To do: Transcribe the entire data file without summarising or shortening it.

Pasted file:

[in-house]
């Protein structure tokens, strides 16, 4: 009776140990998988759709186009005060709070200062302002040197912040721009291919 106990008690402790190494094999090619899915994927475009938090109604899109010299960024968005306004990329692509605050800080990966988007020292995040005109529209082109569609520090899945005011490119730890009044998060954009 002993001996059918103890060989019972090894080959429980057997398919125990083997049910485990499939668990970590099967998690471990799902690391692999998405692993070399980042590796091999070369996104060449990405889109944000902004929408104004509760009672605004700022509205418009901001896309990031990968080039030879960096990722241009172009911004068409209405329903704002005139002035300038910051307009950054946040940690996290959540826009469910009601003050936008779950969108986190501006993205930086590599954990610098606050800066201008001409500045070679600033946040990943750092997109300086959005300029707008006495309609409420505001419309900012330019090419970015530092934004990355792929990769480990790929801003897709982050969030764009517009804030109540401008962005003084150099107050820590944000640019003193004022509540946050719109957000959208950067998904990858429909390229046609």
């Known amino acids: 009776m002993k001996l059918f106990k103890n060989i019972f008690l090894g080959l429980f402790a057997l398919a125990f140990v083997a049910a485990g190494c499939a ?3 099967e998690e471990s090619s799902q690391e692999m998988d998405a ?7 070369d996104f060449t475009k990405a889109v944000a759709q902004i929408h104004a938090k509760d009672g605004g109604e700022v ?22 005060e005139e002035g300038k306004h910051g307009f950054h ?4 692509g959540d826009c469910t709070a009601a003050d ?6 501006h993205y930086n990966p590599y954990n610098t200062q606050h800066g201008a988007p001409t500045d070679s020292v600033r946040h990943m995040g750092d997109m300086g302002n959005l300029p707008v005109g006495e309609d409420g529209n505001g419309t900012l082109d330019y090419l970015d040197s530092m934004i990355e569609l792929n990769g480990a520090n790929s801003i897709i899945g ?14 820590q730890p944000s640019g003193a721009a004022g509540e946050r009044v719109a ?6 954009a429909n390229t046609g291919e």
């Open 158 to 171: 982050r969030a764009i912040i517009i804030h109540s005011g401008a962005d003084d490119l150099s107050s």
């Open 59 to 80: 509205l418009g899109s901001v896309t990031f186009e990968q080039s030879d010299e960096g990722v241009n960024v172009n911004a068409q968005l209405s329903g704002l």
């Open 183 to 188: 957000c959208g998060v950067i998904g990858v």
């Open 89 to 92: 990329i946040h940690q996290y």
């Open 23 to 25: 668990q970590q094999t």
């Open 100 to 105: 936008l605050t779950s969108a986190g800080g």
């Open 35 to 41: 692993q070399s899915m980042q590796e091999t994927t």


[in-house]
């Protein structure tokens, strides 16, 4: 009776140990998988759709186009005060709070200062302002040197912040721009291919 106990008690402790190494094999090619899915994927475009938090109604899109010299960024968005306004990329692509605050800080990966988007020292995040005109529209082109569609520090899945005011490119730890009044998060954009 002993001996059918103890060989019972090894080959429980057997398919125990083997049910485990499939668990970590099967998690471990799902690391692999998405692993070399980042590796091999070369996104060449990405889109944000902004929408104004509760009672605004700022509205418009901001896309990031990968080039030879960096990722241009172009911004068409209405329903704002005139002035300038910051307009950054946040940690996290959540826009469910009601003050936008779950969108986190501006993205930086590599954990610098606050800066201008001409500045070679600033946040990943750092997109300086959005300029707008006495309609409420505001419309900012330019090419970015530092934004990355792929990769480990790929801003897709982050969030764009517009804030109540401008962005003084150099107050820590944000640019003193004022509540946050719109957000959208950067998904990858429909390229046609």
């Known amino acids: 009776m002993k001996l059918f106990k103890n060989i019972f008690l090894g080959l429980f402790a057997l398919a125990f140990v083997a049910a485990g190494c499939a ?3 099967e998690e471990s090619s799902q690391e692999m998988d998405a ?7 070369d996104f060449t475009k990405a889109v944000a759709q902004i929408h104004a938090k509760d009672g605004g109604e700022v ?22 005060e005139e002035g300038k306004h910051g307009f950054h ?4 692509g959540d826009c469910t709070a009601a003050d ?6 501006h993205y930086n990966p590599y954990n610098t200062q606050h800066g201008a988007p001409t500045d070679s020292v600033r946040h990943m995040g750092d997109m300086g302002n959005l300029p707008v005109g006495e309609d409420g529209n505001g419309t900012l082109d330019y090419l970015d040197s530092m934004i990355e569609l792929n990769g480990a520090n790929s801003i897709i899945g ?14 820590q730890p944000s640019g003193a721009a004022g509540e946050r009044v719109a ?6 954009a429909n390229t046609g291919e």
């Open 158 to 171: 982050r969030a764009i912040i517009i804030h109540s005011g401008a962005d003084d490119l150099s107050s």
């Open 59 to 80: 509205l418009g899109s901001v896309t990031f186009e990968q080039s030879d010299e960096g990722v241009n960024v172009n911004a068409q968005l209405s329903g704002l």
């Open 183 to 188: 957000c959208g998060v950067i998904g990858v």
């Open 89 to 92: 990329i946040h940690q996290y």
């Open 23 to 25: 668990q970590q094999t």
């Open 100 to 105: 936008l605050t779950s969108a986190g800080g």
């Open 35 to 41: 692993q070399s899915m980042q590796e091999t994927t």